Tag Archives: balancing work and children

Explaining Travel to Emma

I flew back to Aspen, Colorado yesterday, alone.  Explaining to Emma why I had to return so quickly was difficult.  First of all I don’t know how much she understands and since she cannot ask me questions the way her older, neuro-typical, brother, Nic does, I cannot know what goes through her mind.  So when I told both children ten days ago that I was going to have to go back to Aspen because of my store, Nic said, “NOOOOOO!  You only just came home!  That’s so unfair, Mom.  Why do you have to go back?”

Emma remained silent.  I explained that there were things I needed to take care of at the store, that it was part of the deal with owning one’s own business, it’s just what one has to do.  After awhile, Emma wandered away muttering, “Sleep, wake up, camp on the lake, sleep, wake up, get on airplane.”

Nic meanwhile was angry, then teary, then resigned.  “I know, honey.  It’s a drag.  But you, Daddy and Em will come out in August so it won’t be so long this time that we’re all apart.”

“No Mom.  It’s not a drag.  This sucks,” he said, before turning away from me, his arms crossed, to stare out the window.

“I’m so sorry, Nicky.”

And as sorry as I was that Nic was upset, I wondered what was going on through Emma’s mind.  Was she just accepting that this was how things were, did she have questions?  What was she feeling?

Impossible for me to know.

This past weekend I pulled out a calendar and went over it with Nic and Emma.  Pointing to various dates, I said, “Okay so this is when I have to leave.”

“Get on airplane, fly back to Aspen,” Emma said, looking at the box with the number 19 on it where my finger was positioned.

“Yeah.  That’s right Em.  That’s the day I have to go back.”

“Sleep, wake up, get on airplane,” she said.

“Just me, Em.  You guys are going to go to camp and stay in New York with Daddy,” I explained.  “Then look, on this day you, Daddy, Nic and Jackie are going to fly out to Aspen.  That’s in twelve days.  And here, this is when Joe comes out and Jackie has to go back, then here is when we all fly back to New York together.”  I looked at both of them.  “Okay?”

“I don’t want you to go again.  We’ve only had you for like three days,” Nic said.

“Two weeks.”  I put my arm around him.  “I know.  I know.”

“It’s not fair,” Nic said.

“Sleep, wake up, sleep wake up…”  Emma began, counting on her fingers how many sleep, wake ups it would be before they flew out to Aspen to meet me.  “Go to YMCA with just Mommy?”  Emma said after she had finished counting out 12 “sleep, wake ups”.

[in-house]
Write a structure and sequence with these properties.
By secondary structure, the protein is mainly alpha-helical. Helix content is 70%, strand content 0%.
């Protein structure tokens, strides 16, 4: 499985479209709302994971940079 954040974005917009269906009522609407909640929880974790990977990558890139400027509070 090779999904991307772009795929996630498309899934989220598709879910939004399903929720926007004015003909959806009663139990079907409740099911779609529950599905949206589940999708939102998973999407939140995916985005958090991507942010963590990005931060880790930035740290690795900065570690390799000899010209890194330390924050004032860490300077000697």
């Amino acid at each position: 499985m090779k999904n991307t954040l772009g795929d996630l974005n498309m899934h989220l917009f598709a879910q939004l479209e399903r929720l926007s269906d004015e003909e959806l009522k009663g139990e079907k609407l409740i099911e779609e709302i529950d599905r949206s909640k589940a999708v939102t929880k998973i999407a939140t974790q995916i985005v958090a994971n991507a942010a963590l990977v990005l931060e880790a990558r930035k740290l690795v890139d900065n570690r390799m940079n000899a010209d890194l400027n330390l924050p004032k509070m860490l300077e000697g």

“No, Em.  But Daddy will take you.”

“Go to YMCA with just Daddy,” she repeated and then scooted away on her scooter.

Yesterday morning as I was gathering my things to go downstairs, Emma ran over to me and threw her arms around me.  “Bye Mommy!” She said, burying her face into me.

“I’m going to miss you so much, Em.”

“Miss you,” she said, before pulling away.

For more on Emma’s journey through a childhood of autism, go to:  www.EmmasHopeBook.com

“I’m Home” – Autism

When I opened the door to our loft, Emma came tearing up on her scooter shouting, “Mommy’s back!  It’s Mommy!”

As I dropped my bags and opened my arms to greet her, she sped away.  Nic meanwhile rushed up to me and threw his arms around my waist.  “Mommy!” he cried, “It’s so good to have you home.  I missed you so much!”

As I hugged Nic and then Richard, I said to Emma, “Hey.  I want a hug from you too.  Come over here, Em!  Remember?  Put your arms around and …”

“Squeeze!”  she shouted, while complying.  She peered up at me, with an odd expression on her face.  Then she pointed to my face and said, “It’s Mommy.  Mommy came back,” as though she hadn’t been sure I would.

“I’m back Emmy.  It’s so good to be back.”

“Yeah, Mommy came back.  Mommy stayed at Granma’s house.  Mommy had to go away,” she said, nodding her head sympathetically.

“It’s okay, Em.  Now I’m home.  I’m not going anywhere.”

Nic then played five different songs on his new Alto Sax for me, two new songs which he composed for the piano and then plugged his electric guitar into his amp and riffed on several more.  Emma scooted around on her scooter and eventually it was time for everyone to go to bed.

“Mommy come to Emma’s room,” Emma said, taking me by the hand.

“Yes!” I said following her.

“Mommy’s back,” Emma whispered as she snuggled down under her blanket.

“Yes, Em.  I’m home,” I said stroking her cheek.

Later Nic expressed his upset that I was away for almost three weeks.  He was able to tell me that he didn’t like that I was gone for such a long time.  But Emma…  Emma doesn’t have the words to express her upset nor does she have the ability to ask me why I was away.  I can only hope she understands I had to go for work, but I don’t know that she does understand.  When she looked up at me earlier it was with a mixture of shock at seeing me again and happiness.  I don’t know whether I’m reading more into her expression than was actually there, but given that she isn’t able to ask me, who knows what reasons she applied to my absence.

“Go swimming with Mommy,” Emma whispered.

“Yes,” I said.  “We’ll do that tomorrow.”

“No, not going to go back to Aspen,” she said, holding my hand.

“Nope.  Tomorrow we’re going to spend the whole day together.”

We were quiet then.  “Mommy sing?” Emma said after awhile.

“Sure, Em.  Which one – Swing Low, Sweet Chariot or Summertime?”

“Swing Low first, then Summertime,” Emma said.

“I love you Em,” I whispered.

“So much,” Emma finished.

For more on Emma’s journey through a childhood of autism, go to:  www.EmmasHopeBook.com